Curbing Power or Progress? Governing with an Opposition Veto
AbstractVeto institutions are often dominated by government opponents with rival electoral and policy interests (e.g. \divided government"). I investigate the tradeoff between policy control and policy blockade when both the government and the veto party may cater to opposing special interests. The value of an opposition veto depends on whether electoral accountability can discipline bad type politicians. When this is not the case, a veto is beneficial only if the government's special interests are expected to be harmful. In contrast, when bad types care about (re-)election, a veto always increases expected welfare, providing a new rationale for the frequent occurrence of "divided government". Without policy rivalry, an opposition veto fares even better.
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Bibliographic InfoPaper provided by University of Bonn, Germany in its series Bonn Econ Discussion Papers with number bgse10_2004.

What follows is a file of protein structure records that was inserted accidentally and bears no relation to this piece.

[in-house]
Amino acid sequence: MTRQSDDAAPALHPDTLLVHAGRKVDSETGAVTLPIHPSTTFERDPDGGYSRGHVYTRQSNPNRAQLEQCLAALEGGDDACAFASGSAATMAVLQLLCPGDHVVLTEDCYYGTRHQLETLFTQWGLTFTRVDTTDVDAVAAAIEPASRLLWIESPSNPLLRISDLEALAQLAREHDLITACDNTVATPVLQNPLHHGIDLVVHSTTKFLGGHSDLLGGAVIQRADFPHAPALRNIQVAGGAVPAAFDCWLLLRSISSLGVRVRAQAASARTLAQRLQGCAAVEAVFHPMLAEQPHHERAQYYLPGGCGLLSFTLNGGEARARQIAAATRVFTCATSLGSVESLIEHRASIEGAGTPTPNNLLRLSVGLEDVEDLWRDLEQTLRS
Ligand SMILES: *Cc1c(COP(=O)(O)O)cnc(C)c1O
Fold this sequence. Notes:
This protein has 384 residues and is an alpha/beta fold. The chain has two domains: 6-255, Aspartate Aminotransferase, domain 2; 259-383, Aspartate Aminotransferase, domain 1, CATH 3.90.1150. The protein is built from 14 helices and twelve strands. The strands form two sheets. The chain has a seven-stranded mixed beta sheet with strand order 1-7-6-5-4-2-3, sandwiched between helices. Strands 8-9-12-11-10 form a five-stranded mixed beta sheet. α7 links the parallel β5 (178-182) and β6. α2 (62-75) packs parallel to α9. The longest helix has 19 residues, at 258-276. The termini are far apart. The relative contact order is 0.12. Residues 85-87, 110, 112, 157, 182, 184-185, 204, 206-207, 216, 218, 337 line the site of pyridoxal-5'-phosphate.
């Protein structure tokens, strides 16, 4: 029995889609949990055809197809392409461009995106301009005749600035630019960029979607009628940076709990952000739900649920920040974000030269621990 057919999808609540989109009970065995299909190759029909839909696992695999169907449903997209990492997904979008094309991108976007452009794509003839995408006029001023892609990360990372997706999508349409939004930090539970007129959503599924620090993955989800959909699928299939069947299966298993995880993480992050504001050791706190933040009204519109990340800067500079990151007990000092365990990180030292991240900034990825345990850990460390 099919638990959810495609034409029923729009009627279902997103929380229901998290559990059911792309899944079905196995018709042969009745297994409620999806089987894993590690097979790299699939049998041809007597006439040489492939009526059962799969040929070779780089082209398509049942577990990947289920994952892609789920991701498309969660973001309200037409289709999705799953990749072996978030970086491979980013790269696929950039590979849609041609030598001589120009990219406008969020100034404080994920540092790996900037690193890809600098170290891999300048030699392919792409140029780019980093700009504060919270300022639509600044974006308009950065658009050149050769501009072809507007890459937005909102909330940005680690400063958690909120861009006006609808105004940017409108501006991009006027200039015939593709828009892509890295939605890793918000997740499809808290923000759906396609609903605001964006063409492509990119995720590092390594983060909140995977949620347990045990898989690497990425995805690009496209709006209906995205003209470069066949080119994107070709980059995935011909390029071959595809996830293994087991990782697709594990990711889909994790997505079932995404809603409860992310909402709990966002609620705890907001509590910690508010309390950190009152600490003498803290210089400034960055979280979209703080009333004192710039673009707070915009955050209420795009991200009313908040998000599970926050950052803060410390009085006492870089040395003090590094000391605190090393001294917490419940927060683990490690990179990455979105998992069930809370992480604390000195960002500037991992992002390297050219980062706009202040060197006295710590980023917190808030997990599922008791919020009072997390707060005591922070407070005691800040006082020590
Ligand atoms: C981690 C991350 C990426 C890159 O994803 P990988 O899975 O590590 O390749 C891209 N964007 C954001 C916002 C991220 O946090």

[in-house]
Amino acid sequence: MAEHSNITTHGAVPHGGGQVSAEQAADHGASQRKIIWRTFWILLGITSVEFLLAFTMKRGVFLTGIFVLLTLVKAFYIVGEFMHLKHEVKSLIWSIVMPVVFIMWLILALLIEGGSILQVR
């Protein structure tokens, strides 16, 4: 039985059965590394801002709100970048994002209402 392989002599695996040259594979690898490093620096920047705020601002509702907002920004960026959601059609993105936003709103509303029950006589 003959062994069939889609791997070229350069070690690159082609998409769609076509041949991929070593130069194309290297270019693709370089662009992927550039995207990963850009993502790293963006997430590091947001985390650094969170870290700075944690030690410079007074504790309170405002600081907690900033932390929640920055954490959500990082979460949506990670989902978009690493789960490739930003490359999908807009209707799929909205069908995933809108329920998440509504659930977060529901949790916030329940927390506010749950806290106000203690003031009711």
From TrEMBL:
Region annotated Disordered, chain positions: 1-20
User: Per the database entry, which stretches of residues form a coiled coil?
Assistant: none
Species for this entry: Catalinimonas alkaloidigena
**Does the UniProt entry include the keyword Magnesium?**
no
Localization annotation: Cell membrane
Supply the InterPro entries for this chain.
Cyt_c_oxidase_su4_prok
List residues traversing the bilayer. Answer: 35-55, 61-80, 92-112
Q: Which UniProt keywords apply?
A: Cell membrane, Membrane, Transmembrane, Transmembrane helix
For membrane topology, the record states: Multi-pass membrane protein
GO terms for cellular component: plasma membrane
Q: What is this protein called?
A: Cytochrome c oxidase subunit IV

Date of creation: Jun 2004
Date of revision:
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Political Accountability; Opposition; Veto; Divided Government;
Find related papers by JEL classification:
- A12 - General Economics and Teaching - - General Economics - - - Relation of Economics to Other Disciplines
- D72 - Microeconomics - - Analysis of Collective Decision-Making - - - Political Processes: Rent-seeking, Lobbying, Elections, Legislatures, and Voting Behavior
- D78 - Microeconomics - - Analysis of Collective Decision-Making - - - Positive Analysis of Policy-Making and Implementation
- H11 - Public Economics - - Structure and Scope of Government - - - Structure and Scope of Government
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